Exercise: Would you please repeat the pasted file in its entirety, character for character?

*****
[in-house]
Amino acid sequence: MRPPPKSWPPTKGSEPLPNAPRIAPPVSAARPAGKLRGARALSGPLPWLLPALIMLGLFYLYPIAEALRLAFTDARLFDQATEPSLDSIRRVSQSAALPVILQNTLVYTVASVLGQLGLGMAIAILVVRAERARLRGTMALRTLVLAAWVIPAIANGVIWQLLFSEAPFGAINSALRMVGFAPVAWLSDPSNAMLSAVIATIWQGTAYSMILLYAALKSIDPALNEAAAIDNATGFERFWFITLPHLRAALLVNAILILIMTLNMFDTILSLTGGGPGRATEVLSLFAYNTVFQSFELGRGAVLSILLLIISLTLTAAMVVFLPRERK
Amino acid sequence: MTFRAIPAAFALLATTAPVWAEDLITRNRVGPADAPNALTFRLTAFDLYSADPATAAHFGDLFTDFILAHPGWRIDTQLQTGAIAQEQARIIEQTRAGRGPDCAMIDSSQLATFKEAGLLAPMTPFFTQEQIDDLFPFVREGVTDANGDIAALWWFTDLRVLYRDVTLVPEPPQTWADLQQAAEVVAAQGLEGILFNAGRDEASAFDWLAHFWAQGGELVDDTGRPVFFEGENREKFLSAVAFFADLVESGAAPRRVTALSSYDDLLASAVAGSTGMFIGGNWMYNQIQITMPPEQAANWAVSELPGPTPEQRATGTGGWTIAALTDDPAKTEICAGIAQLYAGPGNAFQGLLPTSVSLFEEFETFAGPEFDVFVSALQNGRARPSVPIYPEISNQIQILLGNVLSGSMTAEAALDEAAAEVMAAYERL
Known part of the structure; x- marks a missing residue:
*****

[in-house]
Amino acid sequence: MRPPPKSWPPTKGSEPLPNAPRIAPPVSAARPAGKLRGARALSGPLPWLLPALIMLGLFYLYPIAEALRLAFTDARLFDQATEPSLDSIRRVSQSAALPVILQNTLVYTVASVLGQLGLGMAIAILVVRAERARLRGTMALRTLVLAAWVIPAIANGVIWQLLFSEAPFGAINSALRMVGFAPVAWLSDPSNAMLSAVIATIWQGTAYSMILLYAALKSIDPALNEAAAIDNATGFERFWFITLPHLRAALLVNAILILIMTLNMFDTILSLTGGGPGRATEVLSLFAYNTVFQSFELGRGAVLSILLLIISLTLTAAMVVFLPRERK
Amino acid sequence: MTFRAIPAAFALLATTAPVWAEDLITRNRVGPADAPNALTFRLTAFDLYSADPATAAHFGDLFTDFILAHPGWRIDTQLQTGAIAQEQARIIEQTRAGRGPDCAMIDSSQLATFKEAGLLAPMTPFFTQEQIDDLFPFVREGVTDANGDIAALWWFTDLRVLYRDVTLVPEPPQTWADLQQAAEVVAAQGLEGILFNAGRDEASAFDWLAHFWAQGGELVDDTGRPVFFEGENREKFLSAVAFFADLVESGAAPRRVTALSSYDDLLASAVAGSTGMFIGGNWMYNQIQITMPPEQAANWAVSELPGPTPEQRATGTGGWTIAALTDDPAKTEICAGIAQLYAGPGNAFQGLLPTSVSLFEEFETFAGPEFDVFVSALQNGRARPSVPIYPEISNQIQILLGNVLSGSMTAEAALDEAAAEVMAAYERL
Known part of the structure; x- marks a missing residue: